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friendship, law, oath, obedience, country, God, nor his own life, but he will hazard to lose all, rather than to pursue this foul vice: for Polynices, for whom this verse was first made in Greek, did fill not only his own country full of dead carcasses, but also whole Greece full of weeping widows. And Cæsar, for whom the same verse was turned into Latin, did not only turn upside-down the goodliest commonwealth that ever God suffered to stand upon the earth ; but also tossed the whole world with battle and slaughter, even almost from the sun-setting unto the sun-rising and did not stop to bring soldiers to do mischief further than any man now dare journey by land either for pleasure or profit.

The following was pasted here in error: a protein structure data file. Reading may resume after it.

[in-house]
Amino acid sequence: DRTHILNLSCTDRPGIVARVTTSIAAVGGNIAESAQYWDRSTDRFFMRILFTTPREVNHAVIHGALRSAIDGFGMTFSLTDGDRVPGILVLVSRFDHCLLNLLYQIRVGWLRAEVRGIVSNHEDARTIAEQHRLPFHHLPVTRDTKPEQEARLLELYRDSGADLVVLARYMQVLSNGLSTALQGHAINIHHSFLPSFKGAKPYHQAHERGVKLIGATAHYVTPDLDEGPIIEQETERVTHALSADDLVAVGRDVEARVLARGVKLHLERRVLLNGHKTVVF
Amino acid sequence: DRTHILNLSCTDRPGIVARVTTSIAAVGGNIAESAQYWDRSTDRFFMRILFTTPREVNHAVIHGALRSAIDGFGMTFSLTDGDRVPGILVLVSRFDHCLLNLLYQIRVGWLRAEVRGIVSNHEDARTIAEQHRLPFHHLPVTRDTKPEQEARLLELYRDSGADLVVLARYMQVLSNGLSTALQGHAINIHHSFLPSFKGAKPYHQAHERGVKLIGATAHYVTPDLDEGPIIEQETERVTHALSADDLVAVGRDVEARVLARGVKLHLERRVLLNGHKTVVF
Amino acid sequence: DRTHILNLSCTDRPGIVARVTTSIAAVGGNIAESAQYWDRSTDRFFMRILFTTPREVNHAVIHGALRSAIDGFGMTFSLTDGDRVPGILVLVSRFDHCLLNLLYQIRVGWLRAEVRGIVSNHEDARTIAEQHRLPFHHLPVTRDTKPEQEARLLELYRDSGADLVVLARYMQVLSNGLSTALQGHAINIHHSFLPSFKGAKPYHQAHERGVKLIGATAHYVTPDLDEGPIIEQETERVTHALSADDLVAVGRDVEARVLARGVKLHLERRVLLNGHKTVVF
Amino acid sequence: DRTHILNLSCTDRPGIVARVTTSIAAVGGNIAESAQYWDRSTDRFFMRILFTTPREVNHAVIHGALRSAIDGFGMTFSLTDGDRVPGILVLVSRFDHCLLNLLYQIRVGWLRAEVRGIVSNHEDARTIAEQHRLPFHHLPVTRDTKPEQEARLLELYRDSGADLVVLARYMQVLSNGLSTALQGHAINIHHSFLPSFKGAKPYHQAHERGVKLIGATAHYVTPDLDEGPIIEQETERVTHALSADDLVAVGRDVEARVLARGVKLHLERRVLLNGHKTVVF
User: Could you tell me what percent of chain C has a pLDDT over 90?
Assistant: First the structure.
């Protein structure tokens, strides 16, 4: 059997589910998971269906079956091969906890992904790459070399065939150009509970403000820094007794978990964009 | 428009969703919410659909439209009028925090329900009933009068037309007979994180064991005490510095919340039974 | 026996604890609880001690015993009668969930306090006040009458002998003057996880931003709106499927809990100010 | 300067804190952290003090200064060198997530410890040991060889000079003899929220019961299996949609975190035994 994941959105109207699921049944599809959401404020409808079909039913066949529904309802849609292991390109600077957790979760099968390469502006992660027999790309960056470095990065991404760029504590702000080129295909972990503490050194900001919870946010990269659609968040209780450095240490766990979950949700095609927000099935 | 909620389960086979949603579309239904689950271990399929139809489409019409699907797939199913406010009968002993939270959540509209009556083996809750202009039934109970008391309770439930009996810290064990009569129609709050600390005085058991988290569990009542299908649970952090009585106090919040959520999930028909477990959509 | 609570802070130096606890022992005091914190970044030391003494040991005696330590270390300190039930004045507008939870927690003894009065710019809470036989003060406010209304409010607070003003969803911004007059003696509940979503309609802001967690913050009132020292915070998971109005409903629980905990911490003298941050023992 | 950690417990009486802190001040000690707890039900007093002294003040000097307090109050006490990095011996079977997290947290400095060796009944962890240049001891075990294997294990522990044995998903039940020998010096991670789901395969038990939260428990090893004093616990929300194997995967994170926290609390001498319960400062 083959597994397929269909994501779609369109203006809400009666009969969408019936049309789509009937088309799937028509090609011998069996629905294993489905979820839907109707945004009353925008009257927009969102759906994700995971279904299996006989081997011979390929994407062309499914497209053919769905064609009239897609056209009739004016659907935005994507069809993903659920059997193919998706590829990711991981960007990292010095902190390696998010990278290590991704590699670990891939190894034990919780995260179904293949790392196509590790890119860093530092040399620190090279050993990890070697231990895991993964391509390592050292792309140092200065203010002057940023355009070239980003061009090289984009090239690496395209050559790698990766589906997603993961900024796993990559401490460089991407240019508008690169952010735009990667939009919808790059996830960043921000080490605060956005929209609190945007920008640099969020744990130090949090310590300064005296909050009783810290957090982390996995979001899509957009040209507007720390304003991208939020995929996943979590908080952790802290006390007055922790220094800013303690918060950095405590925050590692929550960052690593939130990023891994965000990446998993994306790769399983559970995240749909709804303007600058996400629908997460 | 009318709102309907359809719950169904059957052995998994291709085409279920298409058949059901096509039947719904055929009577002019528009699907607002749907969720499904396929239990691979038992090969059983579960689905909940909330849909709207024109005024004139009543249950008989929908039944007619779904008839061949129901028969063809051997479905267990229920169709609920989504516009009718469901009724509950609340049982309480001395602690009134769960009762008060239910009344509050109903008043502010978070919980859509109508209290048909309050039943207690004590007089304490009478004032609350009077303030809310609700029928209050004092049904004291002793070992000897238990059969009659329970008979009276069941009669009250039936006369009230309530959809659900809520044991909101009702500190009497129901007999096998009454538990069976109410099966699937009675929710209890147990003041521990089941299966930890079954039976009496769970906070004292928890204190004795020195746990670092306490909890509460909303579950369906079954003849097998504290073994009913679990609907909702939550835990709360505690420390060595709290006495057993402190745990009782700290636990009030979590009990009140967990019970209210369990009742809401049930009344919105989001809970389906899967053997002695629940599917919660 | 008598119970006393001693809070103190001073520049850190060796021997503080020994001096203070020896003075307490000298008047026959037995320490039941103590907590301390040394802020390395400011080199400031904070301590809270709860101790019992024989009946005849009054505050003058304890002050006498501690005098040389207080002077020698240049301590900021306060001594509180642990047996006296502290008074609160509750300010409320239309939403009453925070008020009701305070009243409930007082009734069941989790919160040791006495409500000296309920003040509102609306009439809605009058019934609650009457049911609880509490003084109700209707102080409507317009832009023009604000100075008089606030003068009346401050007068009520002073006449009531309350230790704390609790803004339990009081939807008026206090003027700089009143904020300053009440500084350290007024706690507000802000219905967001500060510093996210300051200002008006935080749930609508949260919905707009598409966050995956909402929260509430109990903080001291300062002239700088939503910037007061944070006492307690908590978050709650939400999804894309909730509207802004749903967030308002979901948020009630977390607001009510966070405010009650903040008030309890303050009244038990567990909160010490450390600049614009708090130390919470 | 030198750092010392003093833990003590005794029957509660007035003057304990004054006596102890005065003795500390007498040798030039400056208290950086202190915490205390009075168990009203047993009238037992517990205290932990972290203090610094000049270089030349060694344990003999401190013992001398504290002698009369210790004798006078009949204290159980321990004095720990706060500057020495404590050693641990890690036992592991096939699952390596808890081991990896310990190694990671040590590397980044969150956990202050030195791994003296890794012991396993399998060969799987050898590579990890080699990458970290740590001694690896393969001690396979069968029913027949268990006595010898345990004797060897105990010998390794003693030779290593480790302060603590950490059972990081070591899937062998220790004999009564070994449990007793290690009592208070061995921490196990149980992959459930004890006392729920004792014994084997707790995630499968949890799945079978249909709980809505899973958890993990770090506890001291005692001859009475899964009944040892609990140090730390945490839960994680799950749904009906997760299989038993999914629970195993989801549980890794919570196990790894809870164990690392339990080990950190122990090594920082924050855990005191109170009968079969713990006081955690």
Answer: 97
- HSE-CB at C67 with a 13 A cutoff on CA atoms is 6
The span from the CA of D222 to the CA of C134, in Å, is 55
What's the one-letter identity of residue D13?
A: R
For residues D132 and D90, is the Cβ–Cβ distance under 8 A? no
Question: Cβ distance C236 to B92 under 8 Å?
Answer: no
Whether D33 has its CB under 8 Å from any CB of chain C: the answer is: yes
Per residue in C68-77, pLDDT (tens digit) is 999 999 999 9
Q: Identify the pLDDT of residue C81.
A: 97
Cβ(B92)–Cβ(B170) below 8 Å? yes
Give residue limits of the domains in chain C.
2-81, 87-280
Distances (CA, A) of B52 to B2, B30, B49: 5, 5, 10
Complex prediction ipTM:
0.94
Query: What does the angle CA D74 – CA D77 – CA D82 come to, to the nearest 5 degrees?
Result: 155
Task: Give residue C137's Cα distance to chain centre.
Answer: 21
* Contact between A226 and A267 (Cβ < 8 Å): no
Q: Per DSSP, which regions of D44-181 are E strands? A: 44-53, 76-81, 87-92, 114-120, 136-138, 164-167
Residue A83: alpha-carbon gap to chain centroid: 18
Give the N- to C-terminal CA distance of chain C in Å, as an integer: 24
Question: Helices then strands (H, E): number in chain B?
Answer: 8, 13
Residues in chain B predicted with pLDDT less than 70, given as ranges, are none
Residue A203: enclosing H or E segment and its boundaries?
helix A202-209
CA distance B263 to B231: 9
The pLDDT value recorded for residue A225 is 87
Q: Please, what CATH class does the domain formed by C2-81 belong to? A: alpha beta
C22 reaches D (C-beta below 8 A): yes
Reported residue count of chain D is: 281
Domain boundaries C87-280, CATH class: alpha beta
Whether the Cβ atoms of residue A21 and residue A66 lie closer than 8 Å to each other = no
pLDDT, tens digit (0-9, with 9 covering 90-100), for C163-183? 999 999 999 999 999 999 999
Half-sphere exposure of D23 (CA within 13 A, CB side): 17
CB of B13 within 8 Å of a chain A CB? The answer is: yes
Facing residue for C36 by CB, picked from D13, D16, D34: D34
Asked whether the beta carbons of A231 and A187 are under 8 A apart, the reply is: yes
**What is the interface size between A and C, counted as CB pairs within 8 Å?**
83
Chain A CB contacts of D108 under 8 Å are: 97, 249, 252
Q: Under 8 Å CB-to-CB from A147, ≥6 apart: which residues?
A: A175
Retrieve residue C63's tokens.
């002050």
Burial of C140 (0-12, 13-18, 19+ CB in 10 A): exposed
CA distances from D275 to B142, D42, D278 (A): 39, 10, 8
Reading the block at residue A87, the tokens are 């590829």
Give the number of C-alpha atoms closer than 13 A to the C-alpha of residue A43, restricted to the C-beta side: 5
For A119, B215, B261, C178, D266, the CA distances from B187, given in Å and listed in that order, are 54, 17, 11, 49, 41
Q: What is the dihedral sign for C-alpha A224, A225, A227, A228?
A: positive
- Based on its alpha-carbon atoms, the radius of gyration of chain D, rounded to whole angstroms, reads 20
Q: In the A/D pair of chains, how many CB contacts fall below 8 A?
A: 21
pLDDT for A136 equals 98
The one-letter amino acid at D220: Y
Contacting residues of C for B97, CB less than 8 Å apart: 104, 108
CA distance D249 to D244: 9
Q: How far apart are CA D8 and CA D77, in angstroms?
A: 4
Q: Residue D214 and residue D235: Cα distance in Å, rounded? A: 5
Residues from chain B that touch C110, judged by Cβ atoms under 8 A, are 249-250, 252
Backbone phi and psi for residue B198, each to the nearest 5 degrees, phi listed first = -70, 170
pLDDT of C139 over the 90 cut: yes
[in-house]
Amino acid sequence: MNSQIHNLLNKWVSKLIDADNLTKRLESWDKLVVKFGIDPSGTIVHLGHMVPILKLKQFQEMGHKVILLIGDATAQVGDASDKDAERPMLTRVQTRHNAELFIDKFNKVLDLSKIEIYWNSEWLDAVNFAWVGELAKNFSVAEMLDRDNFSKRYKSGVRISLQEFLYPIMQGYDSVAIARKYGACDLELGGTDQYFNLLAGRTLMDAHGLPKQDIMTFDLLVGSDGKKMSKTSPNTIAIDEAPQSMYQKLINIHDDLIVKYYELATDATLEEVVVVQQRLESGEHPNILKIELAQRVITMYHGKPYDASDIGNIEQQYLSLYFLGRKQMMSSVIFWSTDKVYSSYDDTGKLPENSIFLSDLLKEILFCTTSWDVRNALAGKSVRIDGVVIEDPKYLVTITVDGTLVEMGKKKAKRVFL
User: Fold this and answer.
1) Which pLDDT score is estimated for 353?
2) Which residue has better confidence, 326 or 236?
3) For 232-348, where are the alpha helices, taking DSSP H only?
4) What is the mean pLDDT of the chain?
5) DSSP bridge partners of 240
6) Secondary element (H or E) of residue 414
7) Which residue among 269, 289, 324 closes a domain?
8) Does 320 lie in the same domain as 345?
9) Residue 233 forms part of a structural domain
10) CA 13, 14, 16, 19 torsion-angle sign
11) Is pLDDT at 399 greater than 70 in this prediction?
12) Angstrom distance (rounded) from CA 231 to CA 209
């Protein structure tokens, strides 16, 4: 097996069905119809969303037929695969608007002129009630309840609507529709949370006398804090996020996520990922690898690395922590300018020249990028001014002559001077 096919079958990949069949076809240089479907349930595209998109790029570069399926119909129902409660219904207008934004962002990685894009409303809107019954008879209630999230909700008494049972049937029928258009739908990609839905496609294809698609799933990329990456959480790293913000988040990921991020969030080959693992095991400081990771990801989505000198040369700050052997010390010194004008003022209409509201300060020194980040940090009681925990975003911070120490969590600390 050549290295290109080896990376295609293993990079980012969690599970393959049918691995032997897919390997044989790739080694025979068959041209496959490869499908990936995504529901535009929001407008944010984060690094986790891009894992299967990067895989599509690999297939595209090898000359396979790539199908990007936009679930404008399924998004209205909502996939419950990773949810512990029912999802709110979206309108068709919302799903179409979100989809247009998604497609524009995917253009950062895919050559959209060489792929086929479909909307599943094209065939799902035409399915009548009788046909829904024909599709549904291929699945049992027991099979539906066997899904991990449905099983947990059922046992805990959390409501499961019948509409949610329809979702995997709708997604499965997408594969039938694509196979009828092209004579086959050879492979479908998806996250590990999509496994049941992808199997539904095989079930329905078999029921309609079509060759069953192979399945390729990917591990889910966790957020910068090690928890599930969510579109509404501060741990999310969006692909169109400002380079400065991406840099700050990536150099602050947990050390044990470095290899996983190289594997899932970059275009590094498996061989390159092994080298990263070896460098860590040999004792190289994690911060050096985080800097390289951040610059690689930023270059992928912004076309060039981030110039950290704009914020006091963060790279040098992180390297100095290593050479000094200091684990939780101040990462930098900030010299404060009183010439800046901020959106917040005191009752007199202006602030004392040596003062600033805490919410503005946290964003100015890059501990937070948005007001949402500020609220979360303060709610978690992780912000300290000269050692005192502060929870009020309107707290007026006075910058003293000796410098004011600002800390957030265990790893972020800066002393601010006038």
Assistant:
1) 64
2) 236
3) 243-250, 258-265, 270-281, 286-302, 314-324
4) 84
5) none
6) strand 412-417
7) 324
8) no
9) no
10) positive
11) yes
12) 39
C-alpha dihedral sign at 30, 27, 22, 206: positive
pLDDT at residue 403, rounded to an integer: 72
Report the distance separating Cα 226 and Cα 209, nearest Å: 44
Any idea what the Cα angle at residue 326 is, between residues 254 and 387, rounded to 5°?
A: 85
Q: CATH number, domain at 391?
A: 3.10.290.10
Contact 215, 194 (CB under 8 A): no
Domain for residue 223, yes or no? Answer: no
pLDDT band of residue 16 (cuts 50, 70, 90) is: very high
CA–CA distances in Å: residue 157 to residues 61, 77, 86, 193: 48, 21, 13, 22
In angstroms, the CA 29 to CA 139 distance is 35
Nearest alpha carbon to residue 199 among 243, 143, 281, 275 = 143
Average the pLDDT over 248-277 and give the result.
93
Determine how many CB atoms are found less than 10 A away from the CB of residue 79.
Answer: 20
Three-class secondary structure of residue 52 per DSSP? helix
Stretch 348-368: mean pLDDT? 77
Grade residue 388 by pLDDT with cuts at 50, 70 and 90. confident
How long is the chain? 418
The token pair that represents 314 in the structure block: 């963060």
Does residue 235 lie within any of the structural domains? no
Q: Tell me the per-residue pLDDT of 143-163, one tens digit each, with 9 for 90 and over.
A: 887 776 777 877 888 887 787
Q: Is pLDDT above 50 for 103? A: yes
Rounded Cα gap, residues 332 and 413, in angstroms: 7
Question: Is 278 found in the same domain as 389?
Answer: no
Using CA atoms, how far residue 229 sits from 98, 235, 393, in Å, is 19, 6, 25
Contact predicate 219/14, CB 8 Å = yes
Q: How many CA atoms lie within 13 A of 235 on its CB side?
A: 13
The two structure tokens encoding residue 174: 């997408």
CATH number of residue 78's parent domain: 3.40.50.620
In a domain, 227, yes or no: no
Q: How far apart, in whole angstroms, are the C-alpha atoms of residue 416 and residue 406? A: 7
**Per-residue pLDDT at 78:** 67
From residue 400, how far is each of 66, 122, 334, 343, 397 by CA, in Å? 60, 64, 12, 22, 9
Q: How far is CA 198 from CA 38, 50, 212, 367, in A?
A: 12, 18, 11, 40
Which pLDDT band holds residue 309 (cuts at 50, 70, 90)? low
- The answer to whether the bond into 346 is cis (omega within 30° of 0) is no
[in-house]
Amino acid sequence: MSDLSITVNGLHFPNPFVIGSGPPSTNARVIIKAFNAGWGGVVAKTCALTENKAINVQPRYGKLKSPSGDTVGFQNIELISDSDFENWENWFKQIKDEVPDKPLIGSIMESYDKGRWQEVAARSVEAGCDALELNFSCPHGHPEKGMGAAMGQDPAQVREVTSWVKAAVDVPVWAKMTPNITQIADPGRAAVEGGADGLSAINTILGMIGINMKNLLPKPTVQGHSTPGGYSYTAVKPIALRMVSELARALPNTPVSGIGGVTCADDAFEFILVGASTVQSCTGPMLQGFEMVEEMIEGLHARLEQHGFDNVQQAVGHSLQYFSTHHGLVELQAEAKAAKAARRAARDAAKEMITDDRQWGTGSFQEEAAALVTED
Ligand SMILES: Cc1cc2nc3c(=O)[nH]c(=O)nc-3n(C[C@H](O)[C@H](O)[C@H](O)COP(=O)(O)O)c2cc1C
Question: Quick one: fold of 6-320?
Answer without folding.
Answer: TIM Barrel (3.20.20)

But see the fruit and end which this ungodly great-growing bringeth unto men: Both these Princes were slain, the one by his brother, the other by his own son, of whom in life, nature and benefits would they should have taken most comfort of. But men that love to climb too high have always least fear, and therefore by reason fall most suddenly, and also furthest down; yea, the very boughs that helped him up will now whip him in falling down: for whoso in climbing trusteth when he is going up any bough at all overmuch, though he seem to tread never so surely upon it, yet if he once begin to slip, the same-self bough is readiest to beat him that seemed before surest to bear him. Examples hereof be seen daily, and forgotten hereby.